By Thomas Lule Kaggwa
The last two years have been painful for many people with bank loans. This has been made worse by the high degree of financial illiteracy.
Banking brings about a fiduciary relationship between the bank and its customer. In a fi duciary relationship one person (for example a bank customer) in a position of vulnerability justifi ably vests confi dence, good faith, reliance and trust in
another (for example a bank) whose aid, advise and protection are sought in some matter.
In such a relationship, good conscience requires the fi duciary to act at all times for the sole benefit and interest of the one who entrusted it.
A fiduciary duty is the highest standard of care at either equity of law. A fi duciary (a bank) is expected to be extremely loyal to the person to whom it owes the duty (the bank customer). It must not put its personal interests before the duty and must not profi t from its position as a fi duciary unless the principal (the bank customer) consents. This was a court decision held under the case of Bristol & West Building Society Vs Mothew (1998).
When a customer opens a bank account or enters into a loan agreement with a bank, a fi duciary relationship is established. However, is it still a fiduciary relationship when a bank increases the interest rate for an existing customer, whether or not the customer consents to it!
In Uganda, many bank customers and the general public are financially illiterate and complacent about their rights as customers.
On one hand, we have banks that have more information and resources, thereby increasing interest rates for both existing and new borrowers based on the increased Central Bank Rate, but falling short of forecasting future interest rates based on the prevailing or expected economic conditions to adequately price the risk of their investments.
Banks, like any other business, will make money and also lose some money. The Ugandan customer has no choice whether to borrow from the banks at a fi xed or fluctuating interest rate terms.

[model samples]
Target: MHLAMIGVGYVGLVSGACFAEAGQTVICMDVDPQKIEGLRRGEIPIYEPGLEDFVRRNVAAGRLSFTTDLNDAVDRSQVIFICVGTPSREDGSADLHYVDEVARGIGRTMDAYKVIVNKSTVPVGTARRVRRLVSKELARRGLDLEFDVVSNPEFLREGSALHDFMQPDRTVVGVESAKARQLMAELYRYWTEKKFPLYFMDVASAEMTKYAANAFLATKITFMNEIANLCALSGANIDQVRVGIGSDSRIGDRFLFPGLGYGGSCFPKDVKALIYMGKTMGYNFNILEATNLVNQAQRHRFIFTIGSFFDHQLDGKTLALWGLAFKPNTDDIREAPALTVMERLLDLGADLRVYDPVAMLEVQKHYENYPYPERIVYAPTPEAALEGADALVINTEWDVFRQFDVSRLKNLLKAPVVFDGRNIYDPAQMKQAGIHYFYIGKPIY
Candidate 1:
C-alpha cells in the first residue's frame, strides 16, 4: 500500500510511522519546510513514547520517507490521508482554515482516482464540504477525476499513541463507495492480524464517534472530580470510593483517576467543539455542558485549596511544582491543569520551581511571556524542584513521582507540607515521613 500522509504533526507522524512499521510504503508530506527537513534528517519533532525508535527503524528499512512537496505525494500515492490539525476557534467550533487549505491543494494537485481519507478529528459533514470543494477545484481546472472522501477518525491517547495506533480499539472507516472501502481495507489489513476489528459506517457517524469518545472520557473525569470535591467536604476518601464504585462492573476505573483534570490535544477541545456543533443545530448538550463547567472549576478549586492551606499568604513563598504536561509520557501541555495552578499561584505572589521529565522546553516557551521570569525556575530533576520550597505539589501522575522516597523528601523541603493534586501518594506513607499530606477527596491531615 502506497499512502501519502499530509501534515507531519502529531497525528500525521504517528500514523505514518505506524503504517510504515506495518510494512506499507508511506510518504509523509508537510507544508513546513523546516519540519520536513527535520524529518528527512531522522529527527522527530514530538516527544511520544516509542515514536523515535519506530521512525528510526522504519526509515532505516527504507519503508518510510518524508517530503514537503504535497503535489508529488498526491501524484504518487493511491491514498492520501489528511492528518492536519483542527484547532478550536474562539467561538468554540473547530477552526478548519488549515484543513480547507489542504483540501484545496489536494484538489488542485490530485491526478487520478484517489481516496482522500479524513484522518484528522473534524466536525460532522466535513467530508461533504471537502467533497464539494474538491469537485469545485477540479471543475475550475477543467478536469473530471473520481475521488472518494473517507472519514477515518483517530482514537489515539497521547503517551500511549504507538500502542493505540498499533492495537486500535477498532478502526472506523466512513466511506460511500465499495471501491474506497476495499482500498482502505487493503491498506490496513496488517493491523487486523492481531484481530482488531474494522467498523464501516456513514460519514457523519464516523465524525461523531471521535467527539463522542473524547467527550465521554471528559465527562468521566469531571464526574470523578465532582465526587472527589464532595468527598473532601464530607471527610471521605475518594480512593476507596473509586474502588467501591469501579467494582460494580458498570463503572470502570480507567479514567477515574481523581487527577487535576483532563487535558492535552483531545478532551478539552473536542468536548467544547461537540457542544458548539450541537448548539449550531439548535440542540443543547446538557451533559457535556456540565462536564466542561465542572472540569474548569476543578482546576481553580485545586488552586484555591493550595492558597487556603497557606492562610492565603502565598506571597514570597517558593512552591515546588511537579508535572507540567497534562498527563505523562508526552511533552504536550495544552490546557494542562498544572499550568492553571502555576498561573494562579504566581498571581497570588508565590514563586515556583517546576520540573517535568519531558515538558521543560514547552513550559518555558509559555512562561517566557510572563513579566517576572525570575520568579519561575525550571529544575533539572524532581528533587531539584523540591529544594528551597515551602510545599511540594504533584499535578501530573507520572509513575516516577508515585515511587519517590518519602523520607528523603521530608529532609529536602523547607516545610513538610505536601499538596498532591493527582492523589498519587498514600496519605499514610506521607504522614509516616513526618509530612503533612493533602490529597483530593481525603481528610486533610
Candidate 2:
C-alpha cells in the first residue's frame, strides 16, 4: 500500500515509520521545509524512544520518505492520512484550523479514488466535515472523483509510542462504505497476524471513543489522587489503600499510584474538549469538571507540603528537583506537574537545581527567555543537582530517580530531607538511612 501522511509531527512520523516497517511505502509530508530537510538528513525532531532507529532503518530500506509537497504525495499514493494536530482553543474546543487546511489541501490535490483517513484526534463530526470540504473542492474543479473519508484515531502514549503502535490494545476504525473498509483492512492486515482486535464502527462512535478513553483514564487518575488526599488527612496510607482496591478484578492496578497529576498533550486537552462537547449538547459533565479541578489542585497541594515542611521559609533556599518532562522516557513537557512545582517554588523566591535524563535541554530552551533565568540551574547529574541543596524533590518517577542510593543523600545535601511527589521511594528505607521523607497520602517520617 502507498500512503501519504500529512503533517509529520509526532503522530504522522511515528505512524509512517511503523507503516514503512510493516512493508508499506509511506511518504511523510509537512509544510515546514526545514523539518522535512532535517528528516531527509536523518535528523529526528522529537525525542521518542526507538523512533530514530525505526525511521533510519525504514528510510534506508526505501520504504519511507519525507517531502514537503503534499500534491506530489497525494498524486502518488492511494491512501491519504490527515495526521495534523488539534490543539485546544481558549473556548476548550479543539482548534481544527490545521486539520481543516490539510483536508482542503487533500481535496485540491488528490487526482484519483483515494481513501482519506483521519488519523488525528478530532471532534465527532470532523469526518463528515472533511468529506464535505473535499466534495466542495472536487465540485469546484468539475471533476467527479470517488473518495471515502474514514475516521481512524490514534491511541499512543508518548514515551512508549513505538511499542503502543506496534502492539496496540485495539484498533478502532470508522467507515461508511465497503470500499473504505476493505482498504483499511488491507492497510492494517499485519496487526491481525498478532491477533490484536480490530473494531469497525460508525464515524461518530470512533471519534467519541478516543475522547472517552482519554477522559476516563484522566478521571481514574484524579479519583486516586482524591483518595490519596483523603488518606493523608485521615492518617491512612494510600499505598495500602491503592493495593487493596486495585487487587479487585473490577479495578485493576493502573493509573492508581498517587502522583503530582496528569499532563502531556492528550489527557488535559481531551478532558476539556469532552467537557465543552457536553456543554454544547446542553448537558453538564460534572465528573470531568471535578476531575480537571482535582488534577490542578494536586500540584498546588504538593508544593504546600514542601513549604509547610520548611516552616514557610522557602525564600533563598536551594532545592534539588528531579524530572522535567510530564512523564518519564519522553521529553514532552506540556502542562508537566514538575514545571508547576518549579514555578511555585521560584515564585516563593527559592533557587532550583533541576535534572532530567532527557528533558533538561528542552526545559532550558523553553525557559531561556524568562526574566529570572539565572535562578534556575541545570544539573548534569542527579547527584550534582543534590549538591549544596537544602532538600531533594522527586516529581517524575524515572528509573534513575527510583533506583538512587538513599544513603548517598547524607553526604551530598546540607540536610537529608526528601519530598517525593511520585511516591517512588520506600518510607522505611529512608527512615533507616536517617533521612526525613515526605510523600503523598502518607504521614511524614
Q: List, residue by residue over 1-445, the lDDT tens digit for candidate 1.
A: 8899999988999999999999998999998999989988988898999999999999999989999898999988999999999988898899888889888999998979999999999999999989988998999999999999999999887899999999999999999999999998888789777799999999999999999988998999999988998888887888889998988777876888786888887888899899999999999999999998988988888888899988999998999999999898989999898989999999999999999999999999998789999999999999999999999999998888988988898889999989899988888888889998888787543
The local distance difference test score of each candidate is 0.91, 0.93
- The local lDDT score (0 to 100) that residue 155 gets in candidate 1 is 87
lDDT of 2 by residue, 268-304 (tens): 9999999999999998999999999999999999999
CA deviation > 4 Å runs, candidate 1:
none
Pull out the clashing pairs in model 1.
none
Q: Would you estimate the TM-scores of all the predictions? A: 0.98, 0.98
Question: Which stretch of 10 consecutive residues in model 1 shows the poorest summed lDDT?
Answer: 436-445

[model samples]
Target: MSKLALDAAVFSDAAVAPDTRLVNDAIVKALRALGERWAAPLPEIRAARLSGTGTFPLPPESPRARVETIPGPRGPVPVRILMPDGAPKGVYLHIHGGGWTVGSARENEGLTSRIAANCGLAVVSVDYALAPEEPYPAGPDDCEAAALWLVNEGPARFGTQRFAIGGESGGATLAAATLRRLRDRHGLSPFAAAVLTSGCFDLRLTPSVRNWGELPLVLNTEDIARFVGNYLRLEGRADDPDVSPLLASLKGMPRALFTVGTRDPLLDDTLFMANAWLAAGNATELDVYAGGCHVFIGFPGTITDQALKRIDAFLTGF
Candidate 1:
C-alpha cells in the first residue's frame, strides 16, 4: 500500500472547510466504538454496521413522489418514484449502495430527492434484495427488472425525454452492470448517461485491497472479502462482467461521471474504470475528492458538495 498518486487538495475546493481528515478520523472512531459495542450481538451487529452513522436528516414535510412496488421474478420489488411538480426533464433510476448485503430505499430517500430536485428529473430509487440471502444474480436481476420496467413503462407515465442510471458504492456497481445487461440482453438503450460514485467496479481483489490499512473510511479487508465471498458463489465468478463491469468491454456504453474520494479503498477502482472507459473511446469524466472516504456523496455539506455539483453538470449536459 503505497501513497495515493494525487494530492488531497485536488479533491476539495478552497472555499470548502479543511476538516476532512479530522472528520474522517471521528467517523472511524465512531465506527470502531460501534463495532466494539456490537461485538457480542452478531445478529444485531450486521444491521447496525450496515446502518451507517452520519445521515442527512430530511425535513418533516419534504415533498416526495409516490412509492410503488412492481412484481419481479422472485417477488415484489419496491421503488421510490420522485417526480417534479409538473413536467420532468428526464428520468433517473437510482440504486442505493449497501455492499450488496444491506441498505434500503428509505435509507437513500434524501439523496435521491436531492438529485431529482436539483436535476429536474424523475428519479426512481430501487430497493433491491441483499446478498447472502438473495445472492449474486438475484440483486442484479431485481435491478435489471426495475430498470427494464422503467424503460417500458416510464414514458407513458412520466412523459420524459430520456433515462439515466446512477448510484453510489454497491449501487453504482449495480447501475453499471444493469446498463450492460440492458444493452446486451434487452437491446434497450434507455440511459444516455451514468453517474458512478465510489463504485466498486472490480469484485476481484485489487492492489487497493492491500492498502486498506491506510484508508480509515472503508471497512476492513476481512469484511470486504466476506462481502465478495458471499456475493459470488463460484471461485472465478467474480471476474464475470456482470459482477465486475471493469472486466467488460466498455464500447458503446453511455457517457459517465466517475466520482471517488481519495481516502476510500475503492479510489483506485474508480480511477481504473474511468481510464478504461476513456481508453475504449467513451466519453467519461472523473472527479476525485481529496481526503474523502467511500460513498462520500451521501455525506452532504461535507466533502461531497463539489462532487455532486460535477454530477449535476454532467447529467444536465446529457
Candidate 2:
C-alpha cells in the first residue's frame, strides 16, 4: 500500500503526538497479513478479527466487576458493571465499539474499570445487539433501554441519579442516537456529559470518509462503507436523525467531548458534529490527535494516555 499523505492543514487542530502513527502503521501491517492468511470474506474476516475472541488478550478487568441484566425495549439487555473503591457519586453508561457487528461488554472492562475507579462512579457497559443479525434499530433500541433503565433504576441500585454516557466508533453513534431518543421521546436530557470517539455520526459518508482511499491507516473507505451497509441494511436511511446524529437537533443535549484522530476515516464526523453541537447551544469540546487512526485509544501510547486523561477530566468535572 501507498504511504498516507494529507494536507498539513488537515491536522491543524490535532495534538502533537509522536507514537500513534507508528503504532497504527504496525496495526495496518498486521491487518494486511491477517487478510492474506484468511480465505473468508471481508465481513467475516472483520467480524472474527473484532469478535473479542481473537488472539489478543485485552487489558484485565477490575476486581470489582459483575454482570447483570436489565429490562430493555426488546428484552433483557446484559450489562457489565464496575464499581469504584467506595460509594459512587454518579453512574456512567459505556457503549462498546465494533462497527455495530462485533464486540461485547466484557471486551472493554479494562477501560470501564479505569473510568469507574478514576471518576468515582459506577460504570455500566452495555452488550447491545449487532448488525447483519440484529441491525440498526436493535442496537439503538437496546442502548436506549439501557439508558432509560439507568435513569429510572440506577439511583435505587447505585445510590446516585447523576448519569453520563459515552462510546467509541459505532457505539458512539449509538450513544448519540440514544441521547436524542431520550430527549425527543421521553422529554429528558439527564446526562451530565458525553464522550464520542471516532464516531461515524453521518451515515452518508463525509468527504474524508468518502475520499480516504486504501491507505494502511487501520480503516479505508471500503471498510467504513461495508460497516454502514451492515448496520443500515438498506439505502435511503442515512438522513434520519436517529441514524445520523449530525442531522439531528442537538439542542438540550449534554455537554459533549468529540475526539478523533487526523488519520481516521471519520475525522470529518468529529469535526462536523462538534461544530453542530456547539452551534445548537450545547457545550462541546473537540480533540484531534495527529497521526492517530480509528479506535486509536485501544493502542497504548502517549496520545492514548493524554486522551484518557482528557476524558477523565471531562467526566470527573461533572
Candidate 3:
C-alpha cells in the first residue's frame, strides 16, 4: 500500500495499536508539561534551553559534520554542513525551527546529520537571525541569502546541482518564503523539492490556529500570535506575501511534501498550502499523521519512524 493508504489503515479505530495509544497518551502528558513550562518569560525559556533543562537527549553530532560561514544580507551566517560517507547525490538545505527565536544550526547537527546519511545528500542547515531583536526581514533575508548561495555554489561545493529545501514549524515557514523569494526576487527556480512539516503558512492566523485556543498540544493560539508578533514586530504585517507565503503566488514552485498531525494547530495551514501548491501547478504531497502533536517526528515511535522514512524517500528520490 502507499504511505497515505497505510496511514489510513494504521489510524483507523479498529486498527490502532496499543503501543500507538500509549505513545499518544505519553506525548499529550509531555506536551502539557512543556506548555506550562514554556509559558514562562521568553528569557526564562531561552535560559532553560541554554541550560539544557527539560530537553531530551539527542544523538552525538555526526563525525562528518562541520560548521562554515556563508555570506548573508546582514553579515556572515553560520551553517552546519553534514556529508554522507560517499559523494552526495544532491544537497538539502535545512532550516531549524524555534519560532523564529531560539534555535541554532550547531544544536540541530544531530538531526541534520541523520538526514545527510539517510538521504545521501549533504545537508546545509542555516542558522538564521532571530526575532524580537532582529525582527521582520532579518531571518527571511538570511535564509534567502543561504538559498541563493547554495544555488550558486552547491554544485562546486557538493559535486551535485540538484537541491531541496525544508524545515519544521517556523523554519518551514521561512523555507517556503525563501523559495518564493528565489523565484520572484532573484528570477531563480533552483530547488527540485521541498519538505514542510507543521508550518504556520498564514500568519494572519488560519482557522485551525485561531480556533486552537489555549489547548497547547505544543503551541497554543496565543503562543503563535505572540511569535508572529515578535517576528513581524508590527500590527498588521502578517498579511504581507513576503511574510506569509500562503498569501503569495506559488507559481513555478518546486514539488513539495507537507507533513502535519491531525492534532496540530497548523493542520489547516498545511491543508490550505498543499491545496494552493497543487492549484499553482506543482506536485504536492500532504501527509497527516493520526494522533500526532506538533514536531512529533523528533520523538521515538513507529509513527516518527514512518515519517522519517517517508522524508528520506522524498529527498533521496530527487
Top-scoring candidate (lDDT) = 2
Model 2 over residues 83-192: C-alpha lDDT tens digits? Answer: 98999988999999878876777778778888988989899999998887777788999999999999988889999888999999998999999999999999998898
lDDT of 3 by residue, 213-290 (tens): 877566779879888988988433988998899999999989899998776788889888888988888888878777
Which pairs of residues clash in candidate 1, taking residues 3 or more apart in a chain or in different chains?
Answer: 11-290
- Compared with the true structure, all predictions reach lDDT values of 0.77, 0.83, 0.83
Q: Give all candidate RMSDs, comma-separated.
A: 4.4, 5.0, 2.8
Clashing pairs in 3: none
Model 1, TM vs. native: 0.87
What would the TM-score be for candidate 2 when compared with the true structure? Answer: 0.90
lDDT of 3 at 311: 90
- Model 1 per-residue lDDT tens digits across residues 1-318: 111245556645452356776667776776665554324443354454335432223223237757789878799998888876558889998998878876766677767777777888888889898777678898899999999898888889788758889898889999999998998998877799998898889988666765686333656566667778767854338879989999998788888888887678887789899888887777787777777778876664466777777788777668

Should one borrow today with the expectation that interest rates will increase in the foreseeable future, or borrow in the future?
The result for the bank customer is the same because almost all commercial banks in Uganda have a clause in their loan agreements that state they reserve the right to alter the interest rate at their (the bank’s) discretion.
Over the past two years, we have seen various banks advertise increments in their loans to both the existing and new borrowers, arguing that the Central Bank rate had made funds in the fi nancial markets expensive.
This is interesting because over the last two years, I have not read a newspaper where a bank had advertised that it was increasing interest rates on savings and fi xed deposits for existing savers, but many are promising higher interest rates for new fi xed deposits and lottery cash prizes for those who save with them.
Aren’t these existing fixed deposit holders and savers with the banks lending to the banks? Aren’t they entitled to profi t from the gains?
If the manner in which the banks in Uganda have been behaving over the last two years does not fall under the defi nition of a fi duciary duty or relationship, then it probably falls under what is called moral hazard. A moral hazard may occur where
the actions of one party (for example a bank) may change to the detriment of another (for example a bank customer that borrowed) after a transaction has taken place.
Moral hazard arises because an individual or institution does not take the full consequences and responsibilities of its actions and, therefore, has a tendency to act less carefully than it would otherwise leaving the other party (the bank customer that borrowed) to hold responsibility for the consequences of those actions.
Slowly and steadily, the fiduciary duty of banks seems to be replaced with moral hazard. The results of moral hazard are quite evident today with many struggling borrowers having their properties advertised for auction, while the banks are announcing huge profits.
Do not get me wrong, there are bad borrowers, but there is also a category of borrowers who are struggling to service their loans because they suddenly became too expensive yet the loans were acquired when the interest rates were relatively lower.
One thing is for sure; whilst many struggling borrowers will have their properties sold remember they bore the full risk, the commercial banks who gave them the loans will report good performance for this year.
The writer is a senior creditanalyst at the Uganda Development Bank